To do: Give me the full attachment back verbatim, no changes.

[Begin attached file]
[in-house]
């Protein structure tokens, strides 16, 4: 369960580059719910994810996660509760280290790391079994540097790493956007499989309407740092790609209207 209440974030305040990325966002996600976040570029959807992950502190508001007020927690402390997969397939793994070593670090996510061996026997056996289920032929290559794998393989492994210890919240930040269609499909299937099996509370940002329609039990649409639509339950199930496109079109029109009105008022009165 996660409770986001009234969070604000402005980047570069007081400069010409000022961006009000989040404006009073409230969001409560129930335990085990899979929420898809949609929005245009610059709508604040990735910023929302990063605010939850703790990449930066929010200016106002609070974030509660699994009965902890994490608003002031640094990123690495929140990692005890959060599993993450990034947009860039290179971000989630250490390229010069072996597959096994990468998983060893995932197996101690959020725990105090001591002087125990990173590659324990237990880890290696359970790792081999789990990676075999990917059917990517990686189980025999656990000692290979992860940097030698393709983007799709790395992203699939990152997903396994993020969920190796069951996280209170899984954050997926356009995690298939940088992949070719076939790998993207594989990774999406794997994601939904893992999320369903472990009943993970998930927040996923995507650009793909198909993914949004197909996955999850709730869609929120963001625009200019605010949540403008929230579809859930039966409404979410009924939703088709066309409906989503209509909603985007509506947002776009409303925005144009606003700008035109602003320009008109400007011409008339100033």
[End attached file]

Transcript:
[in-house]
């Protein structure tokens, strides 16, 4: 369960580059719910994810996660509760280290790391079994540097790493956007499989309407740092790609209207 209440974030305040990325966002996600976040570029959807992950502190508001007020927690402390997969397939793994070593670090996510061996026997056996289920032929290559794998393989492994210890919240930040269609499909299937099996509370940002329609039990649409639509339950199930496109079109029109009105008022009165 996660409770986001009234969070604000402005980047570069007081400069010409000022961006009000989040404006009073409230969001409560129930335990085990899979929420898809949609929005245009610059709508604040990735910023929302990063605010939850703790990449930066929010200016106002609070974030509660699994009965902890994490608003002031640094990123690495929140990692005890959060599993993450990034947009860039290179971000989630250490390229010069072996597959096994990468998983060893995932197996101690959020725990105090001591002087125990990173590659324990237990880890290696359970790792081999789990990676075999990917059917990517990686189980025999656990000692290979992860940097030698393709983007799709790395992203699939990152997903396994993020969920190796069951996280209170899984954050997926356009995690298939940088992949070719076939790998993207594989990774999406794997994601939904893992999320369903472990009943993970998930927040996923995507650009793909198909993914949004197909996955999850709730869609929120963001625009200019605010949540403008929230579809859930039966409404979410009924939703088709066309409906989503209509909603985007509506947002776009409303925005144009606003700008035109602003320009008109400007011409008339100033």